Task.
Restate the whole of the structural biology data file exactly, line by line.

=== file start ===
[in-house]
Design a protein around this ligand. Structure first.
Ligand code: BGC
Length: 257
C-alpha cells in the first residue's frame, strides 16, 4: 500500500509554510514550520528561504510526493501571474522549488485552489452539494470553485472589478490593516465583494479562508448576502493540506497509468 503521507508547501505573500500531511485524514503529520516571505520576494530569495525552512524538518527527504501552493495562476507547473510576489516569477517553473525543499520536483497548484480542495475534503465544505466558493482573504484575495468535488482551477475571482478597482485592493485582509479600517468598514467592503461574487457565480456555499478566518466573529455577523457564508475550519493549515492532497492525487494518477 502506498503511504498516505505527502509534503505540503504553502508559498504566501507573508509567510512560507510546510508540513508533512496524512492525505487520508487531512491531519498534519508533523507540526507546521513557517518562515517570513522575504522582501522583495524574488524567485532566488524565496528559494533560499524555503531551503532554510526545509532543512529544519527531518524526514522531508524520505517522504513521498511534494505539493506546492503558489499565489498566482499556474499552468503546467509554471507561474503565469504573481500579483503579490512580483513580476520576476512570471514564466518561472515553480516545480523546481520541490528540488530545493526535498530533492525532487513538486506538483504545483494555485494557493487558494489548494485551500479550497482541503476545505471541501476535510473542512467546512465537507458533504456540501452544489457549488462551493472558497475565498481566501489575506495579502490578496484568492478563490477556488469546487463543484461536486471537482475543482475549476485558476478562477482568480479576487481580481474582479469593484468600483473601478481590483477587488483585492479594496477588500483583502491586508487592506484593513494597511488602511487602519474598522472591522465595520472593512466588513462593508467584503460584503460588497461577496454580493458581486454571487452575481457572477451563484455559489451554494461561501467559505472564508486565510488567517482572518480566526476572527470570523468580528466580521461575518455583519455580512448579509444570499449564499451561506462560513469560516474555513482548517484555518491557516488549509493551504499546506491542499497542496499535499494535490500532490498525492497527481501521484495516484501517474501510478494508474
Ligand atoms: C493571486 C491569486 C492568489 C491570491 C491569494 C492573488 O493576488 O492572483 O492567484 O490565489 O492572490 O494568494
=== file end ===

[in-house]
Design a protein around this ligand. Structure first.
Ligand code: BGC
Length: 257
C-alpha cells in the first residue's frame, strides 16, 4: 500500500509554510514550520528561504510526493501571474522549488485552489452539494470553485472589478490593516465583494479562508448576502493540506497509468 503521507508547501505573500500531511485524514503529520516571505520576494530569495525552512524538518527527504501552493495562476507547473510576489516569477517553473525543499520536483497548484480542495475534503465544505466558493482573504484575495468535488482551477475571482478597482485592493485582509479600517468598514467592503461574487457565480456555499478566518466573529455577523457564508475550519493549515492532497492525487494518477 502506498503511504498516505505527502509534503505540503504553502508559498504566501507573508509567510512560507510546510508540513508533512496524512492525505487520508487531512491531519498534519508533523507540526507546521513557517518562515517570513522575504522582501522583495524574488524567485532566488524565496528559494533560499524555503531551503532554510526545509532543512529544519527531518524526514522531508524520505517522504513521498511534494505539493506546492503558489499565489498566482499556474499552468503546467509554471507561474503565469504573481500579483503579490512580483513580476520576476512570471514564466518561472515553480516545480523546481520541490528540488530545493526535498530533492525532487513538486506538483504545483494555485494557493487558494489548494485551500479550497482541503476545505471541501476535510473542512467546512465537507458533504456540501452544489457549488462551493472558497475565498481566501489575506495579502490578496484568492478563490477556488469546487463543484461536486471537482475543482475549476485558476478562477482568480479576487481580481474582479469593484468600483473601478481590483477587488483585492479594496477588500483583502491586508487592506484593513494597511488602511487602519474598522472591522465595520472593512466588513462593508467584503460584503460588497461577496454580493458581486454571487452575481457572477451563484455559489451554494461561501467559505472564508486565510488567517482572518480566526476572527470570523468580528466580521461575518455583519455580512448579509444570499449564499451561506462560513469560516474555513482548517484555518491557516488549509493551504499546506491542499497542496499535499494535490500532490498525492497527481501521484495516484501517474501510478494508474
Ligand atoms: C493571486 C491569486 C492568489 C491570491 C491569494 C492573488 O493576488 O492572483 O492567484 O490565489 O492572490 O494568494